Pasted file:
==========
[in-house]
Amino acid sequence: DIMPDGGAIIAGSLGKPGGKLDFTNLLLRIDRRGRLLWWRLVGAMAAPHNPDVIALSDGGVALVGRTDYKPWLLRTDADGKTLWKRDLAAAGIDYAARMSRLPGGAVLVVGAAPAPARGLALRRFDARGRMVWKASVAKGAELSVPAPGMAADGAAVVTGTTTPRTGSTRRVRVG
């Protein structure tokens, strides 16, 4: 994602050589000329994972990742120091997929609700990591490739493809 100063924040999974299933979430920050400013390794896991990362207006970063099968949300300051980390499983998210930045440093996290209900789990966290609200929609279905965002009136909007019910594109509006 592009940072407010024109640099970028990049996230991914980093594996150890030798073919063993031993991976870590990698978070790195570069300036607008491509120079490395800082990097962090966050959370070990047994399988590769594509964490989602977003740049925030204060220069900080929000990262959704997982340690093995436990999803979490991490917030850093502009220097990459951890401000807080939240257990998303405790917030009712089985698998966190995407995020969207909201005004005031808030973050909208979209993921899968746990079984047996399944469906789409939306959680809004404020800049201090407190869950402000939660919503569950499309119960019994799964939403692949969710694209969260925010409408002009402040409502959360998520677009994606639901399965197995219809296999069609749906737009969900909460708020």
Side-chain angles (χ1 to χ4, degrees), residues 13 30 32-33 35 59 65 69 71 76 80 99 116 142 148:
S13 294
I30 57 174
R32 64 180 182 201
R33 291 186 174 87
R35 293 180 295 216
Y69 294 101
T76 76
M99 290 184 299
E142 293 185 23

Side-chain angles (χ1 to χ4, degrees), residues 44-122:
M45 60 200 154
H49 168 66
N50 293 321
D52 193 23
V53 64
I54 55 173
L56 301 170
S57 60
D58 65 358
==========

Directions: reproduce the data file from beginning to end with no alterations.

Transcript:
[in-house]
Amino acid sequence: DIMPDGGAIIAGSLGKPGGKLDFTNLLLRIDRRGRLLWWRLVGAMAAPHNPDVIALSDGGVALVGRTDYKPWLLRTDADGKTLWKRDLAAAGIDYAARMSRLPGGAVLVVGAAPAPARGLALRRFDARGRMVWKASVAKGAELSVPAPGMAADGAAVVTGTTTPRTGSTRRVRVG
């Protein structure tokens, strides 16, 4: 994602050589000329994972990742120091997929609700990591490739493809 100063924040999974299933979430920050400013390794896991990362207006970063099968949300300051980390499983998210930045440093996290209900789990966290609200929609279905965002009136909007019910594109509006 592009940072407010024109640099970028990049996230991914980093594996150890030798073919063993031993991976870590990698978070790195570069300036607008491509120079490395800082990097962090966050959370070990047994399988590769594509964490989602977003740049925030204060220069900080929000990262959704997982340690093995436990999803979490991490917030850093502009220097990459951890401000807080939240257990998303405790917030009712089985698998966190995407995020969207909201005004005031808030973050909208979209993921899968746990079984047996399944469906789409939306959680809004404020800049201090407190869950402000939660919503569950499309119960019994799964939403692949969710694209969260925010409408002009402040409502959360998520677009994606639901399965197995219809296999069609749906737009969900909460708020």
Side-chain angles (χ1 to χ4, degrees), residues 13 30 32-33 35 59 65 69 71 76 80 99 116 142 148:
S13 294
I30 57 174
R32 64 180 182 201
R33 291 186 174 87
R35 293 180 295 216
Y69 294 101
T76 76
M99 290 184 299
E142 293 185 23

Side-chain angles (χ1 to χ4, degrees), residues 44-122:
M45 60 200 154
H49 168 66
N50 293 321
D52 193 23
V53 64
I54 55 173
L56 301 170
S57 60
D58 65 358